Separation anxiety is a normal, natural phase for young children to go through. By the age of 2, most kids have gotten used to the idea of being apart from their primary caregiver. But if your child is older and the "goodbye" routine at daycare or school is still a challenge of tears and tantrums, your child may have separation anxiety disorder.
Whether or not a child's separation anxiety is at the level of a disorder, there are things caregivers can do to soothe a child's worries and make goodbyes easier.
Encourage your child's trust in other people. Trust is built through interaction and experience. Make an effort early on to have your child relate to people outside of the immediate family. Take your new baby on visits to friends' homes. Show your baby that you trust others by letting friends hold your baby. Don't shy away from polite strangers, either. Every friendly coo and giggle and funny face helps your child learn about and trust other people. Ask a responsible friend to baby-sit now and then - even if only for an hour while you go grocery shopping. Time spent with other people early in your child's life will build trust and an understanding that you come back when you leave.
Prepare for stressful medical moments. Some of the most stress-inducing moments for kids with separation anxiety come at hospitals and doctors' offices. With younger children, stay close during procedures, if possible holding infants during vaccinations. Your presence and touch can help to ease pain and anxiety.
For more involved procedures or surgeries, bring your child for a pre-visit to the facility and show him or her where you'll be waiting. Assure your child that you will be there as soon as the medical treatment is done. In some instances, doctors suggest a mild sedative or tranquilizer to minimize risk of trauma.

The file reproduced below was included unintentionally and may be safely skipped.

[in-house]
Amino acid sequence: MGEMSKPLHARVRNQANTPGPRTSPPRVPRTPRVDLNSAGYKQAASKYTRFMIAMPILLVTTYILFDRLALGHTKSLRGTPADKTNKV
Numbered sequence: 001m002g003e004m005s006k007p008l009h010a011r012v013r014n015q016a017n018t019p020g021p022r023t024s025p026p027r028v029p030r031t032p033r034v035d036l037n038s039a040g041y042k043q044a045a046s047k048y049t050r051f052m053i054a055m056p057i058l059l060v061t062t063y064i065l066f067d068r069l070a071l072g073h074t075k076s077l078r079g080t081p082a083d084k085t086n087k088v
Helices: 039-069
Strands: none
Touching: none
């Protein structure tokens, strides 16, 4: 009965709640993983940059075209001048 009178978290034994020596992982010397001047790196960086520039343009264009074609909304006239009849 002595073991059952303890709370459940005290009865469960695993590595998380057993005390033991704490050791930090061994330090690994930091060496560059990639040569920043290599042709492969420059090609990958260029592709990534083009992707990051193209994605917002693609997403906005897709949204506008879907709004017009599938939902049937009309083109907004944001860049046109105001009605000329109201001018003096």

Get good at "goodbye." To get better at goodbyes, your child may simply need practice. Do a drop-off "dress rehearsal": Visit the school, daycare, or grandma's house and walk through how goodbyes will go. Going through the routine together beforehand could really empower your child and help dial down anxiety.
You might also need to adjust your separation routines. Maybe the timing is off. Is your child more likely to pitch a fit if he or she is tired, hungry, or restless? Try reminding your child of the fun to be had at school or at a sleepover. In any event, keep goodbyes short, sweet, and to the point.
Get good at "good night," too. Bedtime is an ordeal for many kids, but for kids with separation anxieties, it can be even worse. Children with separation anxiety may have trouble falling asleep on their own, begging Mom or Dad to stay in the room or asking to sleep in the parents' bed. Nightmares and midnight wake-ups are also common.
As with goodbyes, "good night" needs to be practiced. Run through the routine and the expectations, and be gentle, firm, and consistent. Let your child choose a nightlight or a favourite cuddly stuffed animal to sleep with. Reassure your child that you will just be up the hall or downstairs - and that you will still be there in the morning.
Know when to let go. Separation can be as painful for the parents as it is for the child. It hurts to witness your child in tears or in fear. But as bad as it can feel, it is important to realize that being apart from you and interacting with others is an invaluable learning experience for your child. The tears will dry in the short run, and, in the long run, children become more independent and confident.